> can ignore the *256. That's a holdover from the JtR implementation. I
> suspect at one point there was a plan to support non-ASCII characters.
> 5) Now take the password you want to find the Markov level/probability
> for. Let's assume it is 'cats'. You start out by looking up the proba1
> for [c]. That's your starting level. Then look up the prob2['c' +
> 'a']. Add that level to your running total. Next look up proba2['a' +
> t']. Add that to your running total. Finally look up proba2['t' + s'].
> Add that to your running total and the sum of all of that is your
> Markov level.
> 6) If you have a transition that isn't listed, (for example it uses a
> non-ascii character) that guess will never be generated.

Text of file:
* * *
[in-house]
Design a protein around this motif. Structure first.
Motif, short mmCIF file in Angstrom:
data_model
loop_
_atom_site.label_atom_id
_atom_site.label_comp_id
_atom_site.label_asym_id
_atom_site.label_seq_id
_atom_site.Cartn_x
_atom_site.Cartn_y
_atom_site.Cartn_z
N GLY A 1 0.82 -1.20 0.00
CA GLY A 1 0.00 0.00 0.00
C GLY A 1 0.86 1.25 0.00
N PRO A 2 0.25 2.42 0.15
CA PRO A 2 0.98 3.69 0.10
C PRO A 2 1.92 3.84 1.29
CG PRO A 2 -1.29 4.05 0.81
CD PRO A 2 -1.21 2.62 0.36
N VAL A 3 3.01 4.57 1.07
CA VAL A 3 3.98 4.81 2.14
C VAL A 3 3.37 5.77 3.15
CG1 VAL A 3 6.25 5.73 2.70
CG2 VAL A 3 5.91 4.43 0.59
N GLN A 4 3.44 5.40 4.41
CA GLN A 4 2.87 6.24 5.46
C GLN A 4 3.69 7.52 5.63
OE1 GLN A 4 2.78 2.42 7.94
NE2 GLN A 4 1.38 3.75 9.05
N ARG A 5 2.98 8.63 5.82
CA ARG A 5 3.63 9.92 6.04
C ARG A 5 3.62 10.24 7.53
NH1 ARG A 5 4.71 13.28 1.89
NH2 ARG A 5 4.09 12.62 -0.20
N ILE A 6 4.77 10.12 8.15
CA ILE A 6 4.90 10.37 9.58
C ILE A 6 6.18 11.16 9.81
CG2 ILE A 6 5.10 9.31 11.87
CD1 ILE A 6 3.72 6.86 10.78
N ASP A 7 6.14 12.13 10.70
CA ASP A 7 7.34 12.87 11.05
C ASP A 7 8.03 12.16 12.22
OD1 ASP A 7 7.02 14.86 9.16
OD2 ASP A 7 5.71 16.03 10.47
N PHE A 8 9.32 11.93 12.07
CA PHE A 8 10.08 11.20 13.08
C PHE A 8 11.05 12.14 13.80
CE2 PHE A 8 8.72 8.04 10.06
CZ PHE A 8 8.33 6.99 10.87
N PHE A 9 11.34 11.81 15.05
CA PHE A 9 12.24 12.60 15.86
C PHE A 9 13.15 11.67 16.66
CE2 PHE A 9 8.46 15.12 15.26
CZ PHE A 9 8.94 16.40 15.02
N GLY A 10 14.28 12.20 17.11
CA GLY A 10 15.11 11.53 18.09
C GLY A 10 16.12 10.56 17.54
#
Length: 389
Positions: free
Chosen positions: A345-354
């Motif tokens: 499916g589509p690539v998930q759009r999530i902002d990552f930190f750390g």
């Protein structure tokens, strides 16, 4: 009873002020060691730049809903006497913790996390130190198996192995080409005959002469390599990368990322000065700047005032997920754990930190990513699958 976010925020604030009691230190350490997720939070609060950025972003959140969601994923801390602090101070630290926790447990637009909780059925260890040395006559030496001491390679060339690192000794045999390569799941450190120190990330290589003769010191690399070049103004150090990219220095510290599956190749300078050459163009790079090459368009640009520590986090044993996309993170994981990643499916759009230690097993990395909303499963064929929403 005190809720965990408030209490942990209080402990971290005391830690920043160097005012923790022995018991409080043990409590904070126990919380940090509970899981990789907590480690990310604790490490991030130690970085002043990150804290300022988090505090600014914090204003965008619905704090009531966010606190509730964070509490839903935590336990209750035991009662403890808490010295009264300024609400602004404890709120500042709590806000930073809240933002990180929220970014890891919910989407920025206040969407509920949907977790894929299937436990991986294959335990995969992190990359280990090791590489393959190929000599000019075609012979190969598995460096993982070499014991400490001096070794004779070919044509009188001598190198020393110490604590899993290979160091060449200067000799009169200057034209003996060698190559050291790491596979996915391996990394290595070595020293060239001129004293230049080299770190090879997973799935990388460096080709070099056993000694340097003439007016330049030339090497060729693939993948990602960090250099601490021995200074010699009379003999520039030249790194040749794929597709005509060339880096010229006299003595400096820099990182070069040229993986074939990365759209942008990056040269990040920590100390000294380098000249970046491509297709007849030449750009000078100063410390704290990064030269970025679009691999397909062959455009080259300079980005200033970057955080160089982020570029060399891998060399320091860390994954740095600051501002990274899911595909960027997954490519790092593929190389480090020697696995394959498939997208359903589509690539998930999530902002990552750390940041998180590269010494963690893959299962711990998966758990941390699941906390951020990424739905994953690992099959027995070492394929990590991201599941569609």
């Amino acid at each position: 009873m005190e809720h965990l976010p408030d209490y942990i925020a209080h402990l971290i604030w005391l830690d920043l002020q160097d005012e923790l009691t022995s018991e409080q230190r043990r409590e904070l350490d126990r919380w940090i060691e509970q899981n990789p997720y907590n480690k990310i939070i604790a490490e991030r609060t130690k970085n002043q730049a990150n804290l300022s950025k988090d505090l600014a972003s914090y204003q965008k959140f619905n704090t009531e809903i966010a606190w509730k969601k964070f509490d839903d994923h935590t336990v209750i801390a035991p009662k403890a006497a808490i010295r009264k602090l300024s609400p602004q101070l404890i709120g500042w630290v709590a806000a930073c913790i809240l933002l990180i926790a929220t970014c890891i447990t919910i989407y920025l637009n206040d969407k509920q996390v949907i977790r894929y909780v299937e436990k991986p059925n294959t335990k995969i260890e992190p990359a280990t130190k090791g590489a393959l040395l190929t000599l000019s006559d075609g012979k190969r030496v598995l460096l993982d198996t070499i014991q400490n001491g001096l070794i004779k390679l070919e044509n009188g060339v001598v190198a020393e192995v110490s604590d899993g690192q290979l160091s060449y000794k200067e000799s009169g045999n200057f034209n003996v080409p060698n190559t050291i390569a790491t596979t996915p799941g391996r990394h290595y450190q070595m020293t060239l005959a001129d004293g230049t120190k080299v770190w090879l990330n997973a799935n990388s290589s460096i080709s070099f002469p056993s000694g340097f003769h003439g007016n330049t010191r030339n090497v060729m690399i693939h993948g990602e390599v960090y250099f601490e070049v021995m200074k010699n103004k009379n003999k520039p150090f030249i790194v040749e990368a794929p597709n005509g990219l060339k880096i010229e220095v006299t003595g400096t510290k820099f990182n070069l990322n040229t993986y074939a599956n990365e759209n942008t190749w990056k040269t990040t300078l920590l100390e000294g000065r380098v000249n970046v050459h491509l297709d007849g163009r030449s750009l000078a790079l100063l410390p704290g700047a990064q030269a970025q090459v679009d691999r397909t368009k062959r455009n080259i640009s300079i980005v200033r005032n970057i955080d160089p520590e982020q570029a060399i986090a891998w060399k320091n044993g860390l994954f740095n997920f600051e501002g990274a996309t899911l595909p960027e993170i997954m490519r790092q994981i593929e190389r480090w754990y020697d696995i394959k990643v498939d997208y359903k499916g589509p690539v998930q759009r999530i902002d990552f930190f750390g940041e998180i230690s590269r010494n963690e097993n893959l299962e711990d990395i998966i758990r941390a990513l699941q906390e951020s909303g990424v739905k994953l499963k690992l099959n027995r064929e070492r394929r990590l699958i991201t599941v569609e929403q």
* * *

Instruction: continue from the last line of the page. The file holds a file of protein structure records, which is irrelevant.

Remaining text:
> 7) Use ./genmkvpwd to calculate how many password guesses would be
> made for that level of the target password. While it won't tell you
> where in that level the password would be guessed, you can probably
> say it'll be (keysize for level)/2 and have it average out. With
> Markov it isn't weighted to the front which is why cracking sessions
> look a lot like a straight line with a few bumps in it.
> ./genmkvpwd statfile max_lvl [max_len] [start] [stop]
> Example (if you are looking up for level 120, max length 120)
> ./genmkvpwd statfile 120 12 1 120
> 8) Yeah you have to specify a maximum length for guesses and that does
> impact the keysize. Also I can't remember if the results of genmkvpwd
> are total for 0-level or just that level and you have to add all the
> previous levels to get the guesses for it so you might need to play
> with that. I think they are additive, (aka take the last value for the